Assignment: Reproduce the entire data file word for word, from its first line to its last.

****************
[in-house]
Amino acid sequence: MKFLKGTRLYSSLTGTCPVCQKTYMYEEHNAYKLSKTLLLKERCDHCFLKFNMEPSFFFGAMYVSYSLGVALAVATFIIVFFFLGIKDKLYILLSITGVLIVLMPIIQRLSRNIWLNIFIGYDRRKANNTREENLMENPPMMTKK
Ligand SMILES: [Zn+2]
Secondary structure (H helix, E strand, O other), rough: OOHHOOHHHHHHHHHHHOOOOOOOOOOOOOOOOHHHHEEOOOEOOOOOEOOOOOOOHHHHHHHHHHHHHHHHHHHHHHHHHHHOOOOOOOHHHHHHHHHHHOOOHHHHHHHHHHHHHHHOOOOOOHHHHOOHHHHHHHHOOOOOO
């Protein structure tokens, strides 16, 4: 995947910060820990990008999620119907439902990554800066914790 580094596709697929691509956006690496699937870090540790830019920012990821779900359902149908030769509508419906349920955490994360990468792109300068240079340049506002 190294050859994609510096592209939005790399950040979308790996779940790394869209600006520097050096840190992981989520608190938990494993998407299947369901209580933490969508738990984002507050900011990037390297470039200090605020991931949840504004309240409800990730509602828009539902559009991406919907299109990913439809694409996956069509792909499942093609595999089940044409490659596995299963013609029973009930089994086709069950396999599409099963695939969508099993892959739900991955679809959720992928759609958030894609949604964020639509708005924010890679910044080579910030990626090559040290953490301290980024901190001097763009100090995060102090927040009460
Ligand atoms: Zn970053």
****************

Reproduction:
[in-house]
Amino acid sequence: MKFLKGTRLYSSLTGTCPVCQKTYMYEEHNAYKLSKTLLLKERCDHCFLKFNMEPSFFFGAMYVSYSLGVALAVATFIIVFFFLGIKDKLYILLSITGVLIVLMPIIQRLSRNIWLNIFIGYDRRKANNTREENLMENPPMMTKK
Ligand SMILES: [Zn+2]
Secondary structure (H helix, E strand, O other), rough: OOHHOOHHHHHHHHHHHOOOOOOOOOOOOOOOOHHHHEEOOOEOOOOOEOOOOOOOHHHHHHHHHHHHHHHHHHHHHHHHHHHOOOOOOOHHHHHHHHHHHOOOHHHHHHHHHHHHHHHOOOOOOHHHHOOHHHHHHHHOOOOOO
């Protein structure tokens, strides 16, 4: 995947910060820990990008999620119907439902990554800066914790 580094596709697929691509956006690496699937870090540790830019920012990821779900359902149908030769509508419906349920955490994360990468792109300068240079340049506002 190294050859994609510096592209939005790399950040979308790996779940790394869209600006520097050096840190992981989520608190938990494993998407299947369901209580933490969508738990984002507050900011990037390297470039200090605020991931949840504004309240409800990730509602828009539902559009991406919907299109990913439809694409996956069509792909499942093609595999089940044409490659596995299963013609029973009930089994086709069950396999599409099963695939969508099993892959739900991955679809959720992928759609958030894609949604964020639509708005924010890679910044080579910030990626090559040290953490301290980024901190001097763009100090995060102090927040009460
Ligand atoms: Zn970053």